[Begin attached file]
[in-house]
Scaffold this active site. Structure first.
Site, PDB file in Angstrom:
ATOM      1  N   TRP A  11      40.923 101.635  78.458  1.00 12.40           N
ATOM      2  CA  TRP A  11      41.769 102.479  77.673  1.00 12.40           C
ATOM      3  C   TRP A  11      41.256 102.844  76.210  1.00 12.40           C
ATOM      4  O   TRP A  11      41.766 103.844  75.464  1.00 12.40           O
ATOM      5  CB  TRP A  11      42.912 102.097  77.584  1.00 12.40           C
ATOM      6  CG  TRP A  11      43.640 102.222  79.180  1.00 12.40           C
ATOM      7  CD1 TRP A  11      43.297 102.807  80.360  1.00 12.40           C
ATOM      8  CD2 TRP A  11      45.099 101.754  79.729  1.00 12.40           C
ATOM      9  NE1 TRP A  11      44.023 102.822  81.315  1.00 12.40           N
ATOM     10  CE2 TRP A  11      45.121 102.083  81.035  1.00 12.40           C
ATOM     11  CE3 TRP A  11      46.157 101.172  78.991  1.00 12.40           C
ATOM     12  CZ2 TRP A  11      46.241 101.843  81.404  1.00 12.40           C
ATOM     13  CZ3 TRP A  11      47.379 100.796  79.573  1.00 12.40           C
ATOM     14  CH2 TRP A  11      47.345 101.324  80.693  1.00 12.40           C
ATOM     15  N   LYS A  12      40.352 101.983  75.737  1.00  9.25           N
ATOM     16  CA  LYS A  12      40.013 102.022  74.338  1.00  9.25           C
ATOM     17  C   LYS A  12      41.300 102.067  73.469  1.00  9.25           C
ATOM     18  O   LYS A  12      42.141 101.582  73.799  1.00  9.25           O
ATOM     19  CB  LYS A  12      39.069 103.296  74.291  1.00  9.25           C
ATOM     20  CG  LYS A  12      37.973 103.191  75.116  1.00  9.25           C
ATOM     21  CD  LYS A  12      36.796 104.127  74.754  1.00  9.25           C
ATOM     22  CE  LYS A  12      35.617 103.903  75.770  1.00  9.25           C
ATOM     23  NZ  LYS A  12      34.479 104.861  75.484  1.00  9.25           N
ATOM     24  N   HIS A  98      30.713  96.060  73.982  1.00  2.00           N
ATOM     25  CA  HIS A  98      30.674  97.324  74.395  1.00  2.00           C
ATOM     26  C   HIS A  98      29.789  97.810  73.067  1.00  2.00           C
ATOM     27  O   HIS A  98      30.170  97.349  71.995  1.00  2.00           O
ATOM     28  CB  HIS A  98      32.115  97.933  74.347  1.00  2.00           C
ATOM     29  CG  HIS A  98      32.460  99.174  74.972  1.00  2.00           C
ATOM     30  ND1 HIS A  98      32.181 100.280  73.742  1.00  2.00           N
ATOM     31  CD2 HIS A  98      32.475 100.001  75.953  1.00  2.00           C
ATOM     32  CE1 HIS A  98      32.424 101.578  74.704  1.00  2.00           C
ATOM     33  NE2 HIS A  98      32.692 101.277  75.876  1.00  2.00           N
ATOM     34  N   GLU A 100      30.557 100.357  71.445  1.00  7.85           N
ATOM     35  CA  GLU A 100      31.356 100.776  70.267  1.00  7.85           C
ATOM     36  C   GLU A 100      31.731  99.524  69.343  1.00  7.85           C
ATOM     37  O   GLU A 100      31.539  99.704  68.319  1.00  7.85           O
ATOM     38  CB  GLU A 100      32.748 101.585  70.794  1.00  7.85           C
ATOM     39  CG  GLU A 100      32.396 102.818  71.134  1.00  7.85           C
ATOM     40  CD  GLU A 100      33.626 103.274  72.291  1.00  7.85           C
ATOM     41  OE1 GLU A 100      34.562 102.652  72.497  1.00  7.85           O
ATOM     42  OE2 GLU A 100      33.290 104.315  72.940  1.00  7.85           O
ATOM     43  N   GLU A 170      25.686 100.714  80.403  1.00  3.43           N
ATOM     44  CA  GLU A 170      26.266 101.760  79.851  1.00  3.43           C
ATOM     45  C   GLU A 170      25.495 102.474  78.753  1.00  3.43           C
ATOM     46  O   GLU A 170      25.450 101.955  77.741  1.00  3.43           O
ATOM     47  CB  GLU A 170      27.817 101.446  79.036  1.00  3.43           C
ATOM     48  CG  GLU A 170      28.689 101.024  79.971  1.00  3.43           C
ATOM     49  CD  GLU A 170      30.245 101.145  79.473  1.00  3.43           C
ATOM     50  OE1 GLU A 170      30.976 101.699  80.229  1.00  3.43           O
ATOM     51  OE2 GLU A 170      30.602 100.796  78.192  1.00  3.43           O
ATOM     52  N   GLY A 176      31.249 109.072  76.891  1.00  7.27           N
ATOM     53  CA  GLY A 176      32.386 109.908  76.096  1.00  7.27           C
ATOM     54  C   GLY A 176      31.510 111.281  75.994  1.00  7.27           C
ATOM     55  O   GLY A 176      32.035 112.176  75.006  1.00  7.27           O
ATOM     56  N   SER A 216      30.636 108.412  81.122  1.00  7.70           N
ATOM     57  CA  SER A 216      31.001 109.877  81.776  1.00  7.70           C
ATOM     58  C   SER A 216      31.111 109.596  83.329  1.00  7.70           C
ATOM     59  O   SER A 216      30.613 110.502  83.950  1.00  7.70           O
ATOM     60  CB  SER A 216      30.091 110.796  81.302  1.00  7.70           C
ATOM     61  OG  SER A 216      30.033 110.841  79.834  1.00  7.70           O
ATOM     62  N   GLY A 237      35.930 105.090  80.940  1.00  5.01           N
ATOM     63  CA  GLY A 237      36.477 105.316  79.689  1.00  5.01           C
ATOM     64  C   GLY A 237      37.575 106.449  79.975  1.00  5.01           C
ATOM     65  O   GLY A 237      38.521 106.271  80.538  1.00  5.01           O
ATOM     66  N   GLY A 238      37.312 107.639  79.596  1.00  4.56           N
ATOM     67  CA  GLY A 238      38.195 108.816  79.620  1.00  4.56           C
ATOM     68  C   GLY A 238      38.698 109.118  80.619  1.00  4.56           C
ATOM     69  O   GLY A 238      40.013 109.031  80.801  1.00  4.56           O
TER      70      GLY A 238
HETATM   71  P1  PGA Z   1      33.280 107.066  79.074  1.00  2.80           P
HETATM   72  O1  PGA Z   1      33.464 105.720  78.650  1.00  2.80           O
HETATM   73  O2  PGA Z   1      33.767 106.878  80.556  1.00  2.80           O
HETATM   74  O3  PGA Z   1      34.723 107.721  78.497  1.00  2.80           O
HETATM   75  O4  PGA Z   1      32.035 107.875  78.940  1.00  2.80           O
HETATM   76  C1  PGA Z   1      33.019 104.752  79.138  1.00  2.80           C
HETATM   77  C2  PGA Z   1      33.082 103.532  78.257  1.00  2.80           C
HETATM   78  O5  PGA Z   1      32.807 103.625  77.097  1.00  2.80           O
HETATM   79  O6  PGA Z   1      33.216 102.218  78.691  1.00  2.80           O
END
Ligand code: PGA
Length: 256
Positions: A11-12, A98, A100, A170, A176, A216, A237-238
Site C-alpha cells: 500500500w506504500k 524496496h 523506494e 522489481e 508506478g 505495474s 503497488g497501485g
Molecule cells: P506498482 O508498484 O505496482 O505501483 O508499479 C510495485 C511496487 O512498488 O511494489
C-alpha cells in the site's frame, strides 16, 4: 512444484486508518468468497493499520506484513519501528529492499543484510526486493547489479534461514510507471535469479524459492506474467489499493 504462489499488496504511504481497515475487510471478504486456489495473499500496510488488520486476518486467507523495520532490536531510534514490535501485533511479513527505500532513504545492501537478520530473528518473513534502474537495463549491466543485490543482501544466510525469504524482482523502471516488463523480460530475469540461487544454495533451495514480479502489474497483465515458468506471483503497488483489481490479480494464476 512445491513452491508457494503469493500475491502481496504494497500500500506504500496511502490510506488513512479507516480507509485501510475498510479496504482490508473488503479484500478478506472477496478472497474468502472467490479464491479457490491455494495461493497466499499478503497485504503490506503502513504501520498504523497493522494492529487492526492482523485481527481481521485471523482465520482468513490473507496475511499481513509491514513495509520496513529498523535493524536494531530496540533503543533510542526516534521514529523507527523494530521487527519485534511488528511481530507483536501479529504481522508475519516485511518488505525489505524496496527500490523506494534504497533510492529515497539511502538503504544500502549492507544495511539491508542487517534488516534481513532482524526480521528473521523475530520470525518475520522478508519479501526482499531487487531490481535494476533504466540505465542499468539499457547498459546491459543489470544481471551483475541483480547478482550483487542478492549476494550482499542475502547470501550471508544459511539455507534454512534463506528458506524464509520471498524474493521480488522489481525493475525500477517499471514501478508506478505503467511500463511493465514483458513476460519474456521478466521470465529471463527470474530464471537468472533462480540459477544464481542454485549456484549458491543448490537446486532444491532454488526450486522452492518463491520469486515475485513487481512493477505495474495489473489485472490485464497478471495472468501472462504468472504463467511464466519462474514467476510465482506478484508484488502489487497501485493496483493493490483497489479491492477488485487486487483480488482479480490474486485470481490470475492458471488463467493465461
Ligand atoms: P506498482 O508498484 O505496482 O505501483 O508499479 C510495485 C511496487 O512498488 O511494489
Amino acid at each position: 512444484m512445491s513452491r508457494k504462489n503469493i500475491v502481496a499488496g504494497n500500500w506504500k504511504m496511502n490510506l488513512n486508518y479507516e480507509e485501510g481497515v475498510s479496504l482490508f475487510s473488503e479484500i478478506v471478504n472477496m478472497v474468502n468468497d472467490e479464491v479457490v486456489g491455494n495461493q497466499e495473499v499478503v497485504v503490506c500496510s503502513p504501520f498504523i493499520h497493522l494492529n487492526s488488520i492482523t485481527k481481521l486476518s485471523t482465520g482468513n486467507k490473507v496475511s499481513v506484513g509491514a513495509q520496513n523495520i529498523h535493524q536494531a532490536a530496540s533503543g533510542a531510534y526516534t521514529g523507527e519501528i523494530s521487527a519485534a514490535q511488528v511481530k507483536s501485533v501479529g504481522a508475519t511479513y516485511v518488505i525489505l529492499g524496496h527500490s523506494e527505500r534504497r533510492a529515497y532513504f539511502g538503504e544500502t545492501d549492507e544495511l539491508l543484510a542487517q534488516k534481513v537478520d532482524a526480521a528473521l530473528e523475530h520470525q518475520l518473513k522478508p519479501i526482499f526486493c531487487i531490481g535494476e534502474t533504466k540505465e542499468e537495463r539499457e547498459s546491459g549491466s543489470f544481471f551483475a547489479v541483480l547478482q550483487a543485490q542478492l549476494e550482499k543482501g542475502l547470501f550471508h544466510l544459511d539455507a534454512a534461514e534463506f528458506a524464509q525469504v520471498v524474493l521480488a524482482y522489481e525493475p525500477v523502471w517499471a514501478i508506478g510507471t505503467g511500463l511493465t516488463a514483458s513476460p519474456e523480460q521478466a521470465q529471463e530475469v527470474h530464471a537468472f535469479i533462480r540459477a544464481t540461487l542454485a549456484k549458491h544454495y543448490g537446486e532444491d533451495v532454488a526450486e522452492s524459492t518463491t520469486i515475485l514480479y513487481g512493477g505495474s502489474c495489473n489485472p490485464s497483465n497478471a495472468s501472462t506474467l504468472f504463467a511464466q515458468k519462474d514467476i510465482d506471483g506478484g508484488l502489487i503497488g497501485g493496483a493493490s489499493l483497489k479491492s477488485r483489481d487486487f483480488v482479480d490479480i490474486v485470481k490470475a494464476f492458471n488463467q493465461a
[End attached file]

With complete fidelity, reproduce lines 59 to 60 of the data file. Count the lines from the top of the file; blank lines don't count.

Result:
ATOM     56  N   SER A 216      30.636 108.412  81.122  1.00  7.70           N
ATOM     57  CA  SER A 216      31.001 109.877  81.776  1.00  7.70           C